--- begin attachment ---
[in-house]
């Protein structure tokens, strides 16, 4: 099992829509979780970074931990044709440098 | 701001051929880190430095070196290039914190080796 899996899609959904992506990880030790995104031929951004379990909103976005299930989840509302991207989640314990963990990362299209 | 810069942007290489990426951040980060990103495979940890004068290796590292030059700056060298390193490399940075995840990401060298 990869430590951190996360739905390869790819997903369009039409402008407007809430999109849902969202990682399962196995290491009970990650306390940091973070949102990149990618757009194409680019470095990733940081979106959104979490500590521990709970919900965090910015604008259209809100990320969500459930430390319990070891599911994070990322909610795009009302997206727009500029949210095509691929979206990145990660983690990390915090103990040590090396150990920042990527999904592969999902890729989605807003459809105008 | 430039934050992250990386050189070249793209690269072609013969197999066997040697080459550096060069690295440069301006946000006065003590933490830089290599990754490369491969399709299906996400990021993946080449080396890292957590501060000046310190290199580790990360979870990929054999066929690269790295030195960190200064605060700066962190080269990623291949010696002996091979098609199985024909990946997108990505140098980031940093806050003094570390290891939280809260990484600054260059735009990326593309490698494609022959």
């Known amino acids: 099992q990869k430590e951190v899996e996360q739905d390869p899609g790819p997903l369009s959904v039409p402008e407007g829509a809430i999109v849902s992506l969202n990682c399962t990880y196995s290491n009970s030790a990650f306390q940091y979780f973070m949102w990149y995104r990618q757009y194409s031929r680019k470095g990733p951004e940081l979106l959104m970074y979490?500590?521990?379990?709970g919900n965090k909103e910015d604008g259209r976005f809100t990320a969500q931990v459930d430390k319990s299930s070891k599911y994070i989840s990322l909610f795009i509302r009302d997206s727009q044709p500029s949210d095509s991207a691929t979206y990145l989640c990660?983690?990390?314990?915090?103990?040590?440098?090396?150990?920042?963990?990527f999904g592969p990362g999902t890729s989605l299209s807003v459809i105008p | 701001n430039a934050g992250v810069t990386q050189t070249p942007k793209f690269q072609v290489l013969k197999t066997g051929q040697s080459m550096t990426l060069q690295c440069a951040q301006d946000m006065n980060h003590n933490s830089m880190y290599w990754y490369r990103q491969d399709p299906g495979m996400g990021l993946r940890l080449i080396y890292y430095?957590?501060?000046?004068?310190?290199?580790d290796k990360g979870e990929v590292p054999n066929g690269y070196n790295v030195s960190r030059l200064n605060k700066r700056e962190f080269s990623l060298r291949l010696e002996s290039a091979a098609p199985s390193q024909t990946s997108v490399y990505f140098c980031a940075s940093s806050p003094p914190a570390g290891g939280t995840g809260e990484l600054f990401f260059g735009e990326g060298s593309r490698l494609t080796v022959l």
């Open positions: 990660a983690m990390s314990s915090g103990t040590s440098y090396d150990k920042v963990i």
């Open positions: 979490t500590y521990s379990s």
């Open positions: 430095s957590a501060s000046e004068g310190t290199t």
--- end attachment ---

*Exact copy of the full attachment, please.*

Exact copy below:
[in-house]
């Protein structure tokens, strides 16, 4: 099992829509979780970074931990044709440098 | 701001051929880190430095070196290039914190080796 899996899609959904992506990880030790995104031929951004379990909103976005299930989840509302991207989640314990963990990362299209 | 810069942007290489990426951040980060990103495979940890004068290796590292030059700056060298390193490399940075995840990401060298 990869430590951190996360739905390869790819997903369009039409402008407007809430999109849902969202990682399962196995290491009970990650306390940091973070949102990149990618757009194409680019470095990733940081979106959104979490500590521990709970919900965090910015604008259209809100990320969500459930430390319990070891599911994070990322909610795009009302997206727009500029949210095509691929979206990145990660983690990390915090103990040590090396150990920042990527999904592969999902890729989605807003459809105008 | 430039934050992250990386050189070249793209690269072609013969197999066997040697080459550096060069690295440069301006946000006065003590933490830089290599990754490369491969399709299906996400990021993946080449080396890292957590501060000046310190290199580790990360979870990929054999066929690269790295030195960190200064605060700066962190080269990623291949010696002996091979098609199985024909990946997108990505140098980031940093806050003094570390290891939280809260990484600054260059735009990326593309490698494609022959």
């Known amino acids: 099992q990869k430590e951190v899996e996360q739905d390869p899609g790819p997903l369009s959904v039409p402008e407007g829509a809430i999109v849902s992506l969202n990682c399962t990880y196995s290491n009970s030790a990650f306390q940091y979780f973070m949102w990149y995104r990618q757009y194409s031929r680019k470095g990733p951004e940081l979106l959104m970074y979490?500590?521990?379990?709970g919900n965090k909103e910015d604008g259209r976005f809100t990320a969500q931990v459930d430390k319990s299930s070891k599911y994070i989840s990322l909610f795009i509302r009302d997206s727009q044709p500029s949210d095509s991207a691929t979206y990145l989640c990660?983690?990390?314990?915090?103990?040590?440098?090396?150990?920042?963990?990527f999904g592969p990362g999902t890729s989605l299209s807003v459809i105008p | 701001n430039a934050g992250v810069t990386q050189t070249p942007k793209f690269q072609v290489l013969k197999t066997g051929q040697s080459m550096t990426l060069q690295c440069a951040q301006d946000m006065n980060h003590n933490s830089m880190y290599w990754y490369r990103q491969d399709p299906g495979m996400g990021l993946r940890l080449i080396y890292y430095?957590?501060?000046?004068?310190?290199?580790d290796k990360g979870e990929v590292p054999n066929g690269y070196n790295v030195s960190r030059l200064n605060k700066r700056e962190f080269s990623l060298r291949l010696e002996s290039a091979a098609p199985s390193q024909t990946s997108v490399y990505f140098c980031a940075s940093s806050p003094p914190a570390g290891g939280t995840g809260e990484l600054f990401f260059g735009e990326g060298s593309r490698l494609t080796v022959l």
């Open positions: 990660a983690m990390s314990s915090g103990t040590s440098y090396d150990k920042v963990i």
């Open positions: 979490t500590y521990s379990s």
């Open positions: 430095s957590a501060s000046e004068g310190t290199t």